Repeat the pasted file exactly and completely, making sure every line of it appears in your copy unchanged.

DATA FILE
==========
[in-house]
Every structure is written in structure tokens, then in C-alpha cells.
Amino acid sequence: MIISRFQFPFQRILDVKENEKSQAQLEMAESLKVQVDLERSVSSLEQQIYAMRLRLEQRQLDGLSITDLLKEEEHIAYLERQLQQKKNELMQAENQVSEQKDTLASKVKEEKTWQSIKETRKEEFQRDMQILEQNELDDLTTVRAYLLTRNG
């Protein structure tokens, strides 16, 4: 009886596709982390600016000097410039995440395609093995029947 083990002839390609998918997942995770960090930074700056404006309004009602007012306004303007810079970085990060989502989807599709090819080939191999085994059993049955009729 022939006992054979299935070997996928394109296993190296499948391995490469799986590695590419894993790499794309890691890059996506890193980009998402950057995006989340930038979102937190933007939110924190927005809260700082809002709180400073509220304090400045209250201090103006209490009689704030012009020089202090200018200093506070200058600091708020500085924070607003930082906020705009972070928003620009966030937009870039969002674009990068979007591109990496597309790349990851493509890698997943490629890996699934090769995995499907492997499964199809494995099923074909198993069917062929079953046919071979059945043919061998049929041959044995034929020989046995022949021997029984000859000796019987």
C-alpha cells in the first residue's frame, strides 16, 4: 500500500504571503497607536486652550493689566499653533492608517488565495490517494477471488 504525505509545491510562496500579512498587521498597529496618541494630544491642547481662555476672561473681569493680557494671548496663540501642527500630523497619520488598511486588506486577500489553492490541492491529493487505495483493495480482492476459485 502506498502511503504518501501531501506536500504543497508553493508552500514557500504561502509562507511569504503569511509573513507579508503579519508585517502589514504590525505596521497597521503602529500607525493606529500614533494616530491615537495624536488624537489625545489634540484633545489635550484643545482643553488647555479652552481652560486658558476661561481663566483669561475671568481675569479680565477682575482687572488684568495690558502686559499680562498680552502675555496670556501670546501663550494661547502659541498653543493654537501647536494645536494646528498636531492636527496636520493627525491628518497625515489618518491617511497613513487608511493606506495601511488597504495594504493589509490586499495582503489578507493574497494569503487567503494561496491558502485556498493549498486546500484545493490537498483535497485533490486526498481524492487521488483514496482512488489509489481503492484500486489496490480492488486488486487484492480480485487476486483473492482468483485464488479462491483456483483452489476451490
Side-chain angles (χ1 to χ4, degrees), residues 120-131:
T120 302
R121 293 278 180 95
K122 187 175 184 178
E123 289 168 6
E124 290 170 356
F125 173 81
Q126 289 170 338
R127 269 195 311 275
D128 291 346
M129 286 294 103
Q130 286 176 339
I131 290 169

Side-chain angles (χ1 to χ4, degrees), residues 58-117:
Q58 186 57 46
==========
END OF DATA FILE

[in-house]
Every structure is written in structure tokens, then in C-alpha cells.
Amino acid sequence: MIISRFQFPFQRILDVKENEKSQAQLEMAESLKVQVDLERSVSSLEQQIYAMRLRLEQRQLDGLSITDLLKEEEHIAYLERQLQQKKNELMQAENQVSEQKDTLASKVKEEKTWQSIKETRKEEFQRDMQILEQNELDDLTTVRAYLLTRNG
């Protein structure tokens, strides 16, 4: 009886596709982390600016000097410039995440395609093995029947 083990002839390609998918997942995770960090930074700056404006309004009602007012306004303007810079970085990060989502989807599709090819080939191999085994059993049955009729 022939006992054979299935070997996928394109296993190296499948391995490469799986590695590419894993790499794309890691890059996506890193980009998402950057995006989340930038979102937190933007939110924190927005809260700082809002709180400073509220304090400045209250201090103006209490009689704030012009020089202090200018200093506070200058600091708020500085924070607003930082906020705009972070928003620009966030937009870039969002674009990068979007591109990496597309790349990851493509890698997943490629890996699934090769995995499907492997499964199809494995099923074909198993069917062929079953046919071979059945043919061998049929041959044995034929020989046995022949021997029984000859000796019987």
C-alpha cells in the first residue's frame, strides 16, 4: 500500500504571503497607536486652550493689566499653533492608517488565495490517494477471488 504525505509545491510562496500579512498587521498597529496618541494630544491642547481662555476672561473681569493680557494671548496663540501642527500630523497619520488598511486588506486577500489553492490541492491529493487505495483493495480482492476459485 502506498502511503504518501501531501506536500504543497508553493508552500514557500504561502509562507511569504503569511509573513507579508503579519508585517502589514504590525505596521497597521503602529500607525493606529500614533494616530491615537495624536488624537489625545489634540484633545489635550484643545482643553488647555479652552481652560486658558476661561481663566483669561475671568481675569479680565477682575482687572488684568495690558502686559499680562498680552502675555496670556501670546501663550494661547502659541498653543493654537501647536494645536494646528498636531492636527496636520493627525491628518497625515489618518491617511497613513487608511493606506495601511488597504495594504493589509490586499495582503489578507493574497494569503487567503494561496491558502485556498493549498486546500484545493490537498483535497485533490486526498481524492487521488483514496482512488489509489481503492484500486489496490480492488486488486487484492480480485487476486483473492482468483485464488479462491483456483483452489476451490
Side-chain angles (χ1 to χ4, degrees), residues 120-131:
T120 302
R121 293 278 180 95
K122 187 175 184 178
E123 289 168 6
E124 290 170 356
F125 173 81
Q126 289 170 338
R127 269 195 311 275
D128 291 346
M129 286 294 103
Q130 286 176 339
I131 290 169

Side-chain angles (χ1 to χ4, degrees), residues 58-117:
Q58 186 57 46